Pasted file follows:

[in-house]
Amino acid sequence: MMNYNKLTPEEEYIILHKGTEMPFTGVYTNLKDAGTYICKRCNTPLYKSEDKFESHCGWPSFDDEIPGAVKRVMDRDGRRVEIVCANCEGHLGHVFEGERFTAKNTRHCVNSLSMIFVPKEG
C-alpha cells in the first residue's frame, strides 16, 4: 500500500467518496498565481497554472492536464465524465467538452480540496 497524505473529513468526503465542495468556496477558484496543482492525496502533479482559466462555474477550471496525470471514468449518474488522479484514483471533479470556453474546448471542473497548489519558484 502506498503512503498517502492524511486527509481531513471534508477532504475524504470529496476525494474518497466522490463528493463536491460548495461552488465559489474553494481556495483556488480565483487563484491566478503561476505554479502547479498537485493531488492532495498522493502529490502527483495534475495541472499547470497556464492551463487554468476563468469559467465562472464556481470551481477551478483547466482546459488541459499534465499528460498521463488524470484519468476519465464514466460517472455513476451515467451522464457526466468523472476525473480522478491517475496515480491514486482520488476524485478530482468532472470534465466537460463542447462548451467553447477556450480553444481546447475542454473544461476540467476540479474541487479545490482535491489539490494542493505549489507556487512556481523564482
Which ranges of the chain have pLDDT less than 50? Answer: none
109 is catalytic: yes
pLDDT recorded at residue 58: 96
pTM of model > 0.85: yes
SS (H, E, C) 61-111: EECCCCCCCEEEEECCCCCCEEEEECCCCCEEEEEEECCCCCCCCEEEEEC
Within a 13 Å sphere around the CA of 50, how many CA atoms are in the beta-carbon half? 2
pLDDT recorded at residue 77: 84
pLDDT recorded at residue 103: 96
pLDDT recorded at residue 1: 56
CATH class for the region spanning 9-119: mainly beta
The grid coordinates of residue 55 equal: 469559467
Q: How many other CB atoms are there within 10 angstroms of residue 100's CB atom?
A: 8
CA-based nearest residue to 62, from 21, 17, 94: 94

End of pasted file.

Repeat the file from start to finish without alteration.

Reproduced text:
[in-house]
Amino acid sequence: MMNYNKLTPEEEYIILHKGTEMPFTGVYTNLKDAGTYICKRCNTPLYKSEDKFESHCGWPSFDDEIPGAVKRVMDRDGRRVEIVCANCEGHLGHVFEGERFTAKNTRHCVNSLSMIFVPKEG
C-alpha cells in the first residue's frame, strides 16, 4: 500500500467518496498565481497554472492536464465524465467538452480540496 497524505473529513468526503465542495468556496477558484496543482492525496502533479482559466462555474477550471496525470471514468449518474488522479484514483471533479470556453474546448471542473497548489519558484 502506498503512503498517502492524511486527509481531513471534508477532504475524504470529496476525494474518497466522490463528493463536491460548495461552488465559489474553494481556495483556488480565483487563484491566478503561476505554479502547479498537485493531488492532495498522493502529490502527483495534475495541472499547470497556464492551463487554468476563468469559467465562472464556481470551481477551478483547466482546459488541459499534465499528460498521463488524470484519468476519465464514466460517472455513476451515467451522464457526466468523472476525473480522478491517475496515480491514486482520488476524485478530482468532472470534465466537460463542447462548451467553447477556450480553444481546447475542454473544461476540467476540479474541487479545490482535491489539490494542493505549489507556487512556481523564482
Which ranges of the chain have pLDDT less than 50? Answer: none
109 is catalytic: yes
pLDDT recorded at residue 58: 96
pTM of model > 0.85: yes
SS (H, E, C) 61-111: EECCCCCCCEEEEECCCCCCEEEEECCCCCEEEEEEECCCCCCCCEEEEEC
Within a 13 Å sphere around the CA of 50, how many CA atoms are in the beta-carbon half? 2
pLDDT recorded at residue 77: 84
pLDDT recorded at residue 103: 96
pLDDT recorded at residue 1: 56
CATH class for the region spanning 9-119: mainly beta
The grid coordinates of residue 55 equal: 469559467
Q: How many other CB atoms are there within 10 angstroms of residue 100's CB atom?
A: 8
CA-based nearest residue to 62, from 21, 17, 94: 94